Facebook is facing fresh calls for the government to regulate the company after the news that Cambridge Analytica, a political consulting firm, was able to access data on 50 million users beginning in 2014. Cambridge Analytica was then employed by the Trump campaign, Reuters reported.
Late last week in a blog post, Facebook revealed the incident hours ahead of the release of media reports that Cambridge Analytica, which is conservative leaning and worked for the Trump 2016 presidential campaign, got access to data and did not delete the information. The revelation, which is yet another hit to the social media giant’s reputation, drew the outcry of politicians and consumer advocacy groups. Facebook has faced widespread criticism that it did nothing to prevent fake news and offensive ads, many from Russians, from permeating its social media platform, impacting the 2016 election. “It’s clear these platforms can’t police themselves,” Democratic U.S. Senator Amy Klobuchar tweeted after Facebook's latest revelation, according to Reuters. “They say ‘trust us.’ Mark Zuckerberg needs to testify before Senate Judiciary.”
According to Facebook, Cambridge psychology professor Aleksandr Kogan gave data on Facebook users he acquired through an app to Cambridge Analytica and other third parties. Cambridge Analytica told Facebook the data was deleted, but Facebook contends it lied and broke the rules of the platform. That defense didn't do much to quell the blame being tossed the social media giant's way. “The lid is being opened on the black box of Facebook’s data practices, and the picture is not pretty,” said Frank Pasquale, a University of Maryland law professor, in the Reuters report. He said Facebook's claims that its data wasn't stolen because users gave permission is an attempt to try to distract from the fact that the data was used in a way that wasn’t expected by the users. A spokesperson for Cambridge Analytica denied to CNN it was in violation of the Facebook terms and said it is talking to the social network operator.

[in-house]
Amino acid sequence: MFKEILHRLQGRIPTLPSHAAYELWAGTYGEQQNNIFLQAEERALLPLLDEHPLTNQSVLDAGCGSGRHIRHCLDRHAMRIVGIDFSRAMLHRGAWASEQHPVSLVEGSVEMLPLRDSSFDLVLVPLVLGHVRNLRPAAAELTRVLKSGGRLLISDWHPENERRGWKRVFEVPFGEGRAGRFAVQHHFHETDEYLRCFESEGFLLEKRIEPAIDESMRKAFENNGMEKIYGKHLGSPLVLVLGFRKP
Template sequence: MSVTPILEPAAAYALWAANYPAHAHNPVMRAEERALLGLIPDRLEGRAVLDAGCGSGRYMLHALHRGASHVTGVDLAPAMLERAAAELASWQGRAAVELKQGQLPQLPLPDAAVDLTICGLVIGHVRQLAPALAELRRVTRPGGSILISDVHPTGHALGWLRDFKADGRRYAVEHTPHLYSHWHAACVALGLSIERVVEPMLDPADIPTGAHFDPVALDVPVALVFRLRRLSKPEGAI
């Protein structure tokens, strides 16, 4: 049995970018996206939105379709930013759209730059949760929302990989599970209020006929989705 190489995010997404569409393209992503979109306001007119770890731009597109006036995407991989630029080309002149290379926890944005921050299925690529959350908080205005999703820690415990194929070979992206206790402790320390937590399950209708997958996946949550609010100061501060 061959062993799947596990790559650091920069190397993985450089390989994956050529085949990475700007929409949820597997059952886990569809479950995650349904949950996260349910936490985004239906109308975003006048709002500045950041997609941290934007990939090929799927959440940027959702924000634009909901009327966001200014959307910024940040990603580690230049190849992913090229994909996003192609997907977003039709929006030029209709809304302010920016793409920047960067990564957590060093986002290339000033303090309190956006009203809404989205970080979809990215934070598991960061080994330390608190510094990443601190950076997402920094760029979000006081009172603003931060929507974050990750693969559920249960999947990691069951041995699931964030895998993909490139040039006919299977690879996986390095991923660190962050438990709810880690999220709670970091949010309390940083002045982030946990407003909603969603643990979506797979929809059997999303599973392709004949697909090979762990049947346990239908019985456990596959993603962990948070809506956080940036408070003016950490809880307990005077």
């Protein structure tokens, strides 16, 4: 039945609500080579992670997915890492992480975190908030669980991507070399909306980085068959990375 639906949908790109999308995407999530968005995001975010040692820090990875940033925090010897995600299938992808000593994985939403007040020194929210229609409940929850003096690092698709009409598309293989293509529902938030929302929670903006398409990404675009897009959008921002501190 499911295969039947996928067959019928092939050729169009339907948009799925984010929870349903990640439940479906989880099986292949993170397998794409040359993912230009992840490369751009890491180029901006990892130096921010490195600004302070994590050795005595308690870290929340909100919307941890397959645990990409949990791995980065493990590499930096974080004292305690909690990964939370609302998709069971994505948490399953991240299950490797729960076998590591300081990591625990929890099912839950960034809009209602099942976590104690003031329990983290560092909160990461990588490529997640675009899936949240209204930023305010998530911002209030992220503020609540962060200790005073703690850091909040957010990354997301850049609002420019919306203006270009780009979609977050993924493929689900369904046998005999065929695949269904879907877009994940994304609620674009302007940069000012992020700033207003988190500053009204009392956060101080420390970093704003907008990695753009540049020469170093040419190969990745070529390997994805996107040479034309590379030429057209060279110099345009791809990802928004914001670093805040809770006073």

Democratic U.S. Senator Mark Warner also weighed in, saying the incident increases the need for new regulations. “Whether it’s allowing Russians to purchase political ads, or extensive micro-targeting based on ill-gotten user data, it’s clear that, left unregulated, this market will continue to be prone to deception and lacking in transparency,” he said. Massachusetts Attorney General Maura Healey also reacted to the news, saying over the weekend that her office is launching an inquiry into how Facebook data is used. She wants to know what policies, if any, were violated, what the data was used for and if there were any legal implications and ramifications, reported CNN. “Massachusetts residents deserve answers immediately from Facebook and Cambridge Analytica. We are launching an investigation,” Healey tweeted.
The inquiries aren't reserved to the U.S. TechCrunch reported Sunday (March 18) that MP Damian Collins, the conservative and chair of a parliamentary committee looking into fake news accused Facebook and Cambridge Analytica of impeding the investigation. TechCrunch reported Collins indicated the two could face additional questions.